10:30 AM, 16th January 2019, About 3 years ago

Reply to the comment left by russell branch at 16/01/2019 - 09:25
Apologies for the confusion. We did employ a solicitor and a surveyor and they are chasing CBRE for an update on the fund but there are no movement as of yet.

Robert White

10:33 AM, 16th January 2019, About 3 years ago

Reply to the comment left by Mike T at 16/01/2019 - 09:37
Hi Mike, Compulsory purchase is slightly different but yes on a normal circumstance we would receive our funds before completion. To save some money we purchased another property straight away using some of the funds requested in order to purchase the new property however the remaining funds are still outstanding which we are chasing. Kind regards,

Graham Bowcock

11:48 AM, 16th January 2019, About 3 years ago

Dear Robert

I am pleased to see that you are being professionally advised and I hope that your adviser is pro-active in chasing up HS2. As an adviser myself I have found HS2's approach to be patchy. My area is mainly phase 2B, so we are some way off construction yet. They have been under-resourced which made progress difficult. We also felt that their approach to money became more difficult as their budgets and expenditure were being challenged.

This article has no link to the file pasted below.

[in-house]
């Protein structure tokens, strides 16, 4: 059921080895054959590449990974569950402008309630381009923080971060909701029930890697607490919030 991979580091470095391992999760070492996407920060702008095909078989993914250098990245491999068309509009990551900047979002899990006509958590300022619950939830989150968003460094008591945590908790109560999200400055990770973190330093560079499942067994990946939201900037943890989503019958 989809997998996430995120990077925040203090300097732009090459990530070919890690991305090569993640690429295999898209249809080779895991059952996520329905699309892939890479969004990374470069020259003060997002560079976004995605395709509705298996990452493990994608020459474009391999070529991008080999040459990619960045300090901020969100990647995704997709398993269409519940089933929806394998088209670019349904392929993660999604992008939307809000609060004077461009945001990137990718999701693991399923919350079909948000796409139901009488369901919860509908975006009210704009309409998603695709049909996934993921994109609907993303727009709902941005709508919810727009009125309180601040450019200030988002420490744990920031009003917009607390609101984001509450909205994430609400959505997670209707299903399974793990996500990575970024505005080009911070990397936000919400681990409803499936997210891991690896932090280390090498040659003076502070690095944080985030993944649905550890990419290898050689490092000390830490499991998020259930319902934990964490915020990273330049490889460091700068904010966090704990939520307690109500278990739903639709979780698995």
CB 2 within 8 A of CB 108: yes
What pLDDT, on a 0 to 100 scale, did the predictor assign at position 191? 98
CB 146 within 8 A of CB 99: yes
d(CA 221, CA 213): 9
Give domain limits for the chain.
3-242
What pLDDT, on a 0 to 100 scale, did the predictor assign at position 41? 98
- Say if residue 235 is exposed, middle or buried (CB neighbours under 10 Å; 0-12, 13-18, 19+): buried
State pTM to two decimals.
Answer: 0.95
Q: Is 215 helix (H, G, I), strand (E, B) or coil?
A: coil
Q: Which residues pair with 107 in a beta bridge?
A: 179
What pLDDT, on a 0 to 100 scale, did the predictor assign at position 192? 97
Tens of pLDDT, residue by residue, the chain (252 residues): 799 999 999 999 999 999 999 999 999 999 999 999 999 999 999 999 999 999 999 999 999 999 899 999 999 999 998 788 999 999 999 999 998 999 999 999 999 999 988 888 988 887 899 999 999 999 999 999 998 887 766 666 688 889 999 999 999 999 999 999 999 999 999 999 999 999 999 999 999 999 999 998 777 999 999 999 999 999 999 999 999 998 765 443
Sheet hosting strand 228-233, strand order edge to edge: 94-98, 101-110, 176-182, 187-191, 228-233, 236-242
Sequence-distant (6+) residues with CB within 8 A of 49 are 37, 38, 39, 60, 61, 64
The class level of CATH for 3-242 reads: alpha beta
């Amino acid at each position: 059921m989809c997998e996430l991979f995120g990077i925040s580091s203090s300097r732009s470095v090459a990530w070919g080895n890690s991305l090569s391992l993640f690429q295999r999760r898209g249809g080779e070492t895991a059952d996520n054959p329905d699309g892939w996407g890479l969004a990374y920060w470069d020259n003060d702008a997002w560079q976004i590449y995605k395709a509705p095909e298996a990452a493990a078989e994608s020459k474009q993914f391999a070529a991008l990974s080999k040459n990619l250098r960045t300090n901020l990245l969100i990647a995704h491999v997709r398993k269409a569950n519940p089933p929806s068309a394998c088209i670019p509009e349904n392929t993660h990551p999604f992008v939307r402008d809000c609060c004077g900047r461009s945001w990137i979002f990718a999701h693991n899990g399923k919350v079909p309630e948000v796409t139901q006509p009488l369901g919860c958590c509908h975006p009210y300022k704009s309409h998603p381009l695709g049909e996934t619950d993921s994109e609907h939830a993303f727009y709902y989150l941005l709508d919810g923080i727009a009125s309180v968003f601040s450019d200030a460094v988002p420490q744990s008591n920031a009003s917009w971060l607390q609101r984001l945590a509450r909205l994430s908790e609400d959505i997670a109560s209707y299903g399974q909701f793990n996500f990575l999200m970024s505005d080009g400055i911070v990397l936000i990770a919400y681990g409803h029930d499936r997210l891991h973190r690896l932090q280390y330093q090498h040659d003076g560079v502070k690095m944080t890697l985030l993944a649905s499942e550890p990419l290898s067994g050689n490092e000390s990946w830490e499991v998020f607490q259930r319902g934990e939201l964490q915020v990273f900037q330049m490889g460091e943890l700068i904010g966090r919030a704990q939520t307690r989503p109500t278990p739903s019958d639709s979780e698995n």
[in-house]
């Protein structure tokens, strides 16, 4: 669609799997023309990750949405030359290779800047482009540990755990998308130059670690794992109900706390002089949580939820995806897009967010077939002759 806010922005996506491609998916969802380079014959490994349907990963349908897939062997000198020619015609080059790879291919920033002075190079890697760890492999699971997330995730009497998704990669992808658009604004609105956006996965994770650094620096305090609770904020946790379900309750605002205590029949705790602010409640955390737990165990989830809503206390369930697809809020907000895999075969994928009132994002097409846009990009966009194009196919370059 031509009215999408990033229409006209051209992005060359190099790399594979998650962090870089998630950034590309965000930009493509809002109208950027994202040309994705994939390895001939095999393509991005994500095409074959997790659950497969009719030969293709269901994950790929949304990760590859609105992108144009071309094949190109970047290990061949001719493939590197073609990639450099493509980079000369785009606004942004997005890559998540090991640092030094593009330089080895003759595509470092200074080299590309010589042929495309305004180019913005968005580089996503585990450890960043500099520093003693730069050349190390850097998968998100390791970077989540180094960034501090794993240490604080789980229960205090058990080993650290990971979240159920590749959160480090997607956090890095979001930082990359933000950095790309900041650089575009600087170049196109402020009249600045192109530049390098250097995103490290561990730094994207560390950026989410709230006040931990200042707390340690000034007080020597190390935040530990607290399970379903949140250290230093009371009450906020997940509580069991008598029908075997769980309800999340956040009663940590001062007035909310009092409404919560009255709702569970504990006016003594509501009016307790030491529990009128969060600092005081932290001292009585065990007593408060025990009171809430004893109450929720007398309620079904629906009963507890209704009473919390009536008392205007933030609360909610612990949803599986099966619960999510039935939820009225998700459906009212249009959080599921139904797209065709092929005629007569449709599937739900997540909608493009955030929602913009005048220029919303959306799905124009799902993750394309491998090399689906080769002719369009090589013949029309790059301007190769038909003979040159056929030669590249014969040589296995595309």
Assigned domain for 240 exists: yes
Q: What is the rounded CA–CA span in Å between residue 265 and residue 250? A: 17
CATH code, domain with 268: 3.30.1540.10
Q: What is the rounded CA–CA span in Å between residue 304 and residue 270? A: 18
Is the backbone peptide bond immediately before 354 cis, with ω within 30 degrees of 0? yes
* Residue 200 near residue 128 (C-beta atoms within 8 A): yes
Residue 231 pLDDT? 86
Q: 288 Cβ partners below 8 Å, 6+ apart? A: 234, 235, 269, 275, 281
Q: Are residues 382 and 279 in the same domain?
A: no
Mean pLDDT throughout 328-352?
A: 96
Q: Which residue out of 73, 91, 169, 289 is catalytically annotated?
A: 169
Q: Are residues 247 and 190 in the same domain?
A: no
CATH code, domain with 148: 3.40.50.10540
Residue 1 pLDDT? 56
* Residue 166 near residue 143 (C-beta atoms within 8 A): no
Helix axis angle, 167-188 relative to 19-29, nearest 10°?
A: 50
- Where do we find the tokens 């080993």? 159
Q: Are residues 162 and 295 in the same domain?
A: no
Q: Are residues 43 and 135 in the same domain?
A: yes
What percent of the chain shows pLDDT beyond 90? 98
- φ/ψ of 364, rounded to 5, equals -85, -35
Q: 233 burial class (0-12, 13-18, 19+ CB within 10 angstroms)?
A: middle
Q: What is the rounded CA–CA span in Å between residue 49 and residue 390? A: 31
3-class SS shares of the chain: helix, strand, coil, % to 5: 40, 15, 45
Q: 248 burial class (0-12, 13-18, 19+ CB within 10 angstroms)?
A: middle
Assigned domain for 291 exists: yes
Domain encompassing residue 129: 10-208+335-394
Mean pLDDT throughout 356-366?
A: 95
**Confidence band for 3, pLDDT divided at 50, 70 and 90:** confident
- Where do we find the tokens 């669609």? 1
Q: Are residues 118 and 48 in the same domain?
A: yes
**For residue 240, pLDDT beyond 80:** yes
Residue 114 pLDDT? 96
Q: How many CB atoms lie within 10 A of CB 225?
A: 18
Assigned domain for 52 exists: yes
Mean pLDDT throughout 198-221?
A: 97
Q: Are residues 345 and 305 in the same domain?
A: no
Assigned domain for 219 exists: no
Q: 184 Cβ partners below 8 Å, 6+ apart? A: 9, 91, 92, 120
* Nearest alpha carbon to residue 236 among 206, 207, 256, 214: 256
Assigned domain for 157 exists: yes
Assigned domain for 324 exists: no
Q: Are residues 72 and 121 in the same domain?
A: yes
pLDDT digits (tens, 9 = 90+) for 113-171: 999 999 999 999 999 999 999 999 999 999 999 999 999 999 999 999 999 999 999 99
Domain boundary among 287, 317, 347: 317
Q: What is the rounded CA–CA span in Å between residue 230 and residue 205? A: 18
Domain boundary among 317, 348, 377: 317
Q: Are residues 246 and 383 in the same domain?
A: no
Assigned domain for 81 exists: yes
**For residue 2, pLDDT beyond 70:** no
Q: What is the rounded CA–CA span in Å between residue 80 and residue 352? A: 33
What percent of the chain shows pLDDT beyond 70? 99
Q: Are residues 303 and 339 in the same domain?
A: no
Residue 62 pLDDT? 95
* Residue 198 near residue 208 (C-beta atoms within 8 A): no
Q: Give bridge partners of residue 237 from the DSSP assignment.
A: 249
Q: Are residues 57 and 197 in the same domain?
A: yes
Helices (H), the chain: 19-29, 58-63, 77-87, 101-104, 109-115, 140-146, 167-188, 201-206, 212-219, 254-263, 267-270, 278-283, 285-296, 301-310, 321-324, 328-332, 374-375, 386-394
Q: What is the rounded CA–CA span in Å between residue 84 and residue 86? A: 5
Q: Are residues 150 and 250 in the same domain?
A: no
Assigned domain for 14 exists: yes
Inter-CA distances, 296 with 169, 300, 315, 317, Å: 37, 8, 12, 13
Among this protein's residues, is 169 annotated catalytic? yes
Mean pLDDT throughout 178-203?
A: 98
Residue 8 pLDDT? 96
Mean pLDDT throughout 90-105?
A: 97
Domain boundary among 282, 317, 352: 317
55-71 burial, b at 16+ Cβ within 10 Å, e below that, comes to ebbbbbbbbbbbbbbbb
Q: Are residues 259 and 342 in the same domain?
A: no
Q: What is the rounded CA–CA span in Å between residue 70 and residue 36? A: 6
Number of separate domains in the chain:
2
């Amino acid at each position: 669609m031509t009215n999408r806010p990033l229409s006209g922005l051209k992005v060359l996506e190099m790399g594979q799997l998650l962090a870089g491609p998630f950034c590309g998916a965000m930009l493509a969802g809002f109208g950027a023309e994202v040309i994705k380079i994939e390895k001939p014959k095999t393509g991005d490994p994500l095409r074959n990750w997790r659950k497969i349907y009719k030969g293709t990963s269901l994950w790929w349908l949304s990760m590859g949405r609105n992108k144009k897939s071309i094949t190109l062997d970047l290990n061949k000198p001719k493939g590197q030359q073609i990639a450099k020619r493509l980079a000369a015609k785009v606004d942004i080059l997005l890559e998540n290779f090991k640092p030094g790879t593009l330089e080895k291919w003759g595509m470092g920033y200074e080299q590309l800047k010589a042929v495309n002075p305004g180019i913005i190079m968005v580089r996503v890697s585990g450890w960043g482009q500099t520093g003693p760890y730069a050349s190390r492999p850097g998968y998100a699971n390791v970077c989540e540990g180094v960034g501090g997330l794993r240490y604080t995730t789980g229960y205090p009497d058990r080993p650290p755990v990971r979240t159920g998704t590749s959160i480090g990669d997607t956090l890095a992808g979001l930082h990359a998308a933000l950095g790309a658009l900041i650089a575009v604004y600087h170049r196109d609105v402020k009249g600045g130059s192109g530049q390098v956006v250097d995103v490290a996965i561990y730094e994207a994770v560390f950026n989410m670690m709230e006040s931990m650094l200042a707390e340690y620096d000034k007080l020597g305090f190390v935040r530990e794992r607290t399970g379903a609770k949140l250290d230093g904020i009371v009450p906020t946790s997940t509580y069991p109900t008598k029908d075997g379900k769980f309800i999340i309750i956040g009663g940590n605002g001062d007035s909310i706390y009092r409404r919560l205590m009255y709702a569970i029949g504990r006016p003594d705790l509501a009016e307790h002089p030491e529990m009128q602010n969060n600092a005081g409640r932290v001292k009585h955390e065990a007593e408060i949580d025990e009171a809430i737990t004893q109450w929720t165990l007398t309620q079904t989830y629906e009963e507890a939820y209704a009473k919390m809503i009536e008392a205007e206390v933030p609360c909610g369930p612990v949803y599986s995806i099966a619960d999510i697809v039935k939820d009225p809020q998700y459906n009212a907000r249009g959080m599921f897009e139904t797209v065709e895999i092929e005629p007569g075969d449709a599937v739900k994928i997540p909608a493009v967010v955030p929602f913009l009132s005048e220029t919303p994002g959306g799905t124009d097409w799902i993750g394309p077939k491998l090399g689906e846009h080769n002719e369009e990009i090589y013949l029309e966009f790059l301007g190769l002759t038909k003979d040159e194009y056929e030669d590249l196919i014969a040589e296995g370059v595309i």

It possibly depends on the scheme you are using as they do work slightly differently, although it sounds like you are under a formal CPO. This has a statutory structure and I suggest you ask your agent to go through the sequence of events with you.

It is entirely feasible that property has been taken under a CPO and payment has not been made; it is somewhat rare with houses but very common with farmland. However, HS2 are obliged to pay 90% of their assessment of compensation on entry. This may be lower than your assessment (it depends what variables there are and how well your agent negotiates) but the make-up comes with the final payment.

If you are not happy with the price being paid there is a procedure through the Upper Tribunal (Lands Chamber) to challenge this, but you do need to make sure you have good evidence and a robust case. I have dealt with many clients who "feel" or "believe" that their property is being undervalued but evidence does not support their view. The best thing is to ask your surveyor for an honest opinion of value before challenging.